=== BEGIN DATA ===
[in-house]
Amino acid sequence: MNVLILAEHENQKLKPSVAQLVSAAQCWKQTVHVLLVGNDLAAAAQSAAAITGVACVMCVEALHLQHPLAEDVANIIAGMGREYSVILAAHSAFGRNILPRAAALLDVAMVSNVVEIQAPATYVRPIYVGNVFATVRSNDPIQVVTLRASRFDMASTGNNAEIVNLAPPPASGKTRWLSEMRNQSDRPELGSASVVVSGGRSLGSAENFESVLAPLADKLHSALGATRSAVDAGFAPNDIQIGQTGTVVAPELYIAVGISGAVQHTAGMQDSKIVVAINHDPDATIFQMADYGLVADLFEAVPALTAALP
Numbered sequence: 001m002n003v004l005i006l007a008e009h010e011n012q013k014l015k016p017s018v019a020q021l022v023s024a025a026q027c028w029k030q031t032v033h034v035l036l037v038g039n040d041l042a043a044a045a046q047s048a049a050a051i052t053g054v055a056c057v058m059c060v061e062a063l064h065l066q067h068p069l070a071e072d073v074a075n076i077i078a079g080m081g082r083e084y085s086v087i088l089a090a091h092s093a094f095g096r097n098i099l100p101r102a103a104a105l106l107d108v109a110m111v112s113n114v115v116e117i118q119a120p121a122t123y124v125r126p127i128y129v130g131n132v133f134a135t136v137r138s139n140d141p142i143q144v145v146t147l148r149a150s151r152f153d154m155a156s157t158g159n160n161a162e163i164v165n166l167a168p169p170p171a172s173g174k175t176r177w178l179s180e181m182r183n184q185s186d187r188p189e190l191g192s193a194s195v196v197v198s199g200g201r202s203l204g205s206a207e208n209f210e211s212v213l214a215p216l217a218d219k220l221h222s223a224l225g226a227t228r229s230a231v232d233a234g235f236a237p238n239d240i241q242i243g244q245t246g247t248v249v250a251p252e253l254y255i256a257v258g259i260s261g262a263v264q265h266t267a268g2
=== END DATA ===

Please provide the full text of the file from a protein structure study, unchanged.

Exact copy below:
[in-house]
Amino acid sequence: MNVLILAEHENQKLKPSVAQLVSAAQCWKQTVHVLLVGNDLAAAAQSAAAITGVACVMCVEALHLQHPLAEDVANIIAGMGREYSVILAAHSAFGRNILPRAAALLDVAMVSNVVEIQAPATYVRPIYVGNVFATVRSNDPIQVVTLRASRFDMASTGNNAEIVNLAPPPASGKTRWLSEMRNQSDRPELGSASVVVSGGRSLGSAENFESVLAPLADKLHSALGATRSAVDAGFAPNDIQIGQTGTVVAPELYIAVGISGAVQHTAGMQDSKIVVAINHDPDATIFQMADYGLVADLFEAVPALTAALP
Numbered sequence: 001m002n003v004l005i006l007a008e009h010e011n012q013k014l015k016p017s018v019a020q021l022v023s024a025a026q027c028w029k030q031t032v033h034v035l036l037v038g039n040d041l042a043a044a045a046q047s048a049a050a051i052t053g054v055a056c057v058m059c060v061e062a063l064h065l066q067h068p069l070a071e072d073v074a075n076i077i078a079g080m081g082r083e084y085s086v087i088l089a090a091h092s093a094f095g096r097n098i099l100p101r102a103a104a105l106l107d108v109a110m111v112s113n114v115v116e117i118q119a120p121a122t123y124v125r126p127i128y129v130g131n132v133f134a135t136v137r138s139n140d141p142i143q144v145v146t147l148r149a150s151r152f153d154m155a156s157t158g159n160n161a162e163i164v165n166l167a168p169p170p171a172s173g174k175t176r177w178l179s180e181m182r183n184q185s186d187r188p189e190l191g192s193a194s195v196v197v198s199g200g201r202s203l204g205s206a207e208n209f210e211s212v213l214a215p216l217a218d219k220l221h222s223a224l225g226a227t228r229s230a231v232d233a234g235f236a237p238n239d240i241q242i243g244q245t246g247t248v249v250a251p252e253l254y255i256a257v258g259i260s261g262a263v264q265h266t267a268g2